Birding in Seattle – Stone, Metal, and Terra Cotta
Seattle is well known for its abundant bald eagle population, with nearly two dozen nests in and around the city. The nests are generally in large green spaces, such as parks and greenbelts, but you can also find many eagles in downtown Seattle. In fact, there are more eagles downtown than any place else. And they are not alone. Several other species are found in the urban canyons.
Although none are real—they are terra cotta, metal, and carved stone—they are fun to find and see. Below are photographs of some of the several dozen eagles, as well as a few other species, a set of duck tracks, and one bird outside of downtown. Please let me know if you know of others.
2 thoughts on “Birding in Seattle – Stone, Metal, and Terra Cotta”
In the second picture, the bird at the summit of the gable appears to be not an eagle but the heraldic pelican, i.e. “the pelican in her piety.” The heraldic pelican never looks like a real pelican, but is always portrayed tearing her breast open with her bill — a reference to the misconception held in former times, that the mother pelican fed her chicks on her own blood. In actuality, the pelican feeds her young on regurgitated food, which the chicks often take by reaching inside her bill or even down her throat, and most likely, the open gular pouch in this position looked to medieval observers like a gash on the bird’s breast.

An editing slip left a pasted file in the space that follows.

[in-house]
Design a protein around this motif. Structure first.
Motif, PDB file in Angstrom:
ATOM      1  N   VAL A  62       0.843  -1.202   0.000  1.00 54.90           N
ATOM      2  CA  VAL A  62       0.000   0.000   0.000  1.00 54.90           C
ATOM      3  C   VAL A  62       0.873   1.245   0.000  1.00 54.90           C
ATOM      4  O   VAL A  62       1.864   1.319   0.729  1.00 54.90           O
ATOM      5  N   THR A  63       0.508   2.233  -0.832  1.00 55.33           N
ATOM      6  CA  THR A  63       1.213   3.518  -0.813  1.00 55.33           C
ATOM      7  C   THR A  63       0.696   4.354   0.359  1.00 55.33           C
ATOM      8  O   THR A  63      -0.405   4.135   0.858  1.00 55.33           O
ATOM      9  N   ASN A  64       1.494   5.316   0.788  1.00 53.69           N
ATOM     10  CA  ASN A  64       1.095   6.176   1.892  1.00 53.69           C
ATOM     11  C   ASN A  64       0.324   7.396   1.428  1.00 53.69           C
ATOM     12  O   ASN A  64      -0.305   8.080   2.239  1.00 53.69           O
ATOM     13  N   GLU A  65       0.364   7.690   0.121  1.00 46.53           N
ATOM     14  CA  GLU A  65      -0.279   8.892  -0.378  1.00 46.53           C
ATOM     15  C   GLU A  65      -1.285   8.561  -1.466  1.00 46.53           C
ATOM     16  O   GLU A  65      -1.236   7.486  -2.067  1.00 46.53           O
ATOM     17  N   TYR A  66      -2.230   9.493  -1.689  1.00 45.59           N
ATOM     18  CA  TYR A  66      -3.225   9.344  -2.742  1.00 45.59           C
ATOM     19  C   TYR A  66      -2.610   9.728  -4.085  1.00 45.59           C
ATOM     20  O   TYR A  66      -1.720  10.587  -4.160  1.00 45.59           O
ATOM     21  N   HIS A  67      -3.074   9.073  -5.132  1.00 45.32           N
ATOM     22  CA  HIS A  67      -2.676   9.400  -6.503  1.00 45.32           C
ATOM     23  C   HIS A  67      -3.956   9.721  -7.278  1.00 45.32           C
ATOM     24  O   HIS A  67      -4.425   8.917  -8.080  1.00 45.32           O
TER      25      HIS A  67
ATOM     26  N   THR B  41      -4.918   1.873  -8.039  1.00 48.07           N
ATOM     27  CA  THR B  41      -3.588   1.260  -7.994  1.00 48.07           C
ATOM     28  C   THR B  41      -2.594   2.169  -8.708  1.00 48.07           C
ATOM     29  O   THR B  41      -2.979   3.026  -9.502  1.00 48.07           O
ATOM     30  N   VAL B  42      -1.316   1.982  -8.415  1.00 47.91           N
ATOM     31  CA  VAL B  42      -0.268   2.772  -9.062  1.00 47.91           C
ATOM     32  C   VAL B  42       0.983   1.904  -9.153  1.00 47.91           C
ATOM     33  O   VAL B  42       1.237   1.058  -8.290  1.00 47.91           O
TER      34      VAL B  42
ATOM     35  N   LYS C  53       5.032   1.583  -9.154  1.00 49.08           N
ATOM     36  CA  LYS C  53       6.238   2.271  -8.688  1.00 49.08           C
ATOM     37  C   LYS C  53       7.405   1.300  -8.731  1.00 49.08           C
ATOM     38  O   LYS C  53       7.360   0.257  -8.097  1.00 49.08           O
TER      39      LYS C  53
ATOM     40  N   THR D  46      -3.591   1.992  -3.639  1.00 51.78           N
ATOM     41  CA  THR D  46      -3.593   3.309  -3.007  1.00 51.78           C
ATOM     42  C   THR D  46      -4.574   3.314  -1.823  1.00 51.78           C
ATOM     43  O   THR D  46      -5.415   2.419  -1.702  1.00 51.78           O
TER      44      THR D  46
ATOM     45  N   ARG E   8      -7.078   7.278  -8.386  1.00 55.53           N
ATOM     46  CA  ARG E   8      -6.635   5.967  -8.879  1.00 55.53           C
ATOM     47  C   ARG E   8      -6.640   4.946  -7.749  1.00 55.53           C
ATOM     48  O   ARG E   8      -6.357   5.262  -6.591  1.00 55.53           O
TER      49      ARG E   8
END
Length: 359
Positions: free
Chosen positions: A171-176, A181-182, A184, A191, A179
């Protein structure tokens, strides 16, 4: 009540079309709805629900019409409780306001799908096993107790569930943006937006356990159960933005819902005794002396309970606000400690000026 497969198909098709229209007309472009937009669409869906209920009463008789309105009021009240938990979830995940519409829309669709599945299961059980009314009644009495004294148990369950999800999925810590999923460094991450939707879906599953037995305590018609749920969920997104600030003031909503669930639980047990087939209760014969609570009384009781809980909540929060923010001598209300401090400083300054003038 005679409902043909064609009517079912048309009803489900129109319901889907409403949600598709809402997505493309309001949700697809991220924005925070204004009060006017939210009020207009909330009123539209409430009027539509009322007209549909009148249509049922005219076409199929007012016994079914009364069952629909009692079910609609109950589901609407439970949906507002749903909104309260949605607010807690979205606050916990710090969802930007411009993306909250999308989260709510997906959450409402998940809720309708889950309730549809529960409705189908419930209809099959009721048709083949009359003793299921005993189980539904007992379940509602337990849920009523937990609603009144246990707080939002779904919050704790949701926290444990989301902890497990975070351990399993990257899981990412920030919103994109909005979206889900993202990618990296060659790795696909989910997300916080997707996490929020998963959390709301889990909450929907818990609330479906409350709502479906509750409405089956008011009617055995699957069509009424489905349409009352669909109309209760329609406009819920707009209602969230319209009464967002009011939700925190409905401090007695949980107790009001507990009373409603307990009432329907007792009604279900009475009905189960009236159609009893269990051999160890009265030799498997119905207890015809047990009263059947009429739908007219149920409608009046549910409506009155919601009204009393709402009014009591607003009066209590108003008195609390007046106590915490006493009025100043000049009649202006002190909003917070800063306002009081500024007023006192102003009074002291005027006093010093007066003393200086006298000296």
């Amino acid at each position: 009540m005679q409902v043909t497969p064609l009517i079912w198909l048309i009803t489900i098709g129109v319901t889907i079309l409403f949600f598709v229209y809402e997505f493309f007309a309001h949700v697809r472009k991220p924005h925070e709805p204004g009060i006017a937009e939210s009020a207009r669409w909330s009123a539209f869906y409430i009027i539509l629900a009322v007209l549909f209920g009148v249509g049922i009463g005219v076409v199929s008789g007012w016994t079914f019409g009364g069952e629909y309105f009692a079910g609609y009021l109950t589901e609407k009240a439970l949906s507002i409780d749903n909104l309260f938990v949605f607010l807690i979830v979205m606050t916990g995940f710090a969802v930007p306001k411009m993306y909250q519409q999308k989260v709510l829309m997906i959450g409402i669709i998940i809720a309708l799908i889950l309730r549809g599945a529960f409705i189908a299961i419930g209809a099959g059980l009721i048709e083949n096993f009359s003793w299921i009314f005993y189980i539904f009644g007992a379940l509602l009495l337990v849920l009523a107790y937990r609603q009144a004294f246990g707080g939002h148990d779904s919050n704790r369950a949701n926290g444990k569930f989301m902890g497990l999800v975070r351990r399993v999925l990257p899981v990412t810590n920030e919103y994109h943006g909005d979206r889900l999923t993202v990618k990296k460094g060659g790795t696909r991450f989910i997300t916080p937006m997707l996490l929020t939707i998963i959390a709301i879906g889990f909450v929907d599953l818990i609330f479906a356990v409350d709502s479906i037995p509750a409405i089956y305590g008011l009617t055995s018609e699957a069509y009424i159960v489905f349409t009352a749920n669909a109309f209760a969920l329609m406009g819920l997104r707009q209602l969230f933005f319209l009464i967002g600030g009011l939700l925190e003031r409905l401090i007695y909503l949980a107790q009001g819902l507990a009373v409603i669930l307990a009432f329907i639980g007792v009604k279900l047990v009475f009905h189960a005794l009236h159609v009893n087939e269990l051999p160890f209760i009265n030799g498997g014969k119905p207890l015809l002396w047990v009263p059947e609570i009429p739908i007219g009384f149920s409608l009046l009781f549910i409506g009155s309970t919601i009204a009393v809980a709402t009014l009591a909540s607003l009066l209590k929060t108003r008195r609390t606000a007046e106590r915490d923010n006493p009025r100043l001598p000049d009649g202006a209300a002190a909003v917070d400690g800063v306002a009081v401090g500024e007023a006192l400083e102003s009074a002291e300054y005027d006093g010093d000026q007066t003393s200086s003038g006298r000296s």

As of 2012, the Seattle Center House/Armory still had the eagles at the main entrances (e.g. http://pastpresenttense.blogspot.com/2012/06/century-21-1962-worlds-fair.html) — are they still there?
MOHAI’s building (the Naval armory at South Lake Union) also has a white eagle outside one of its entrances (the west one, I think).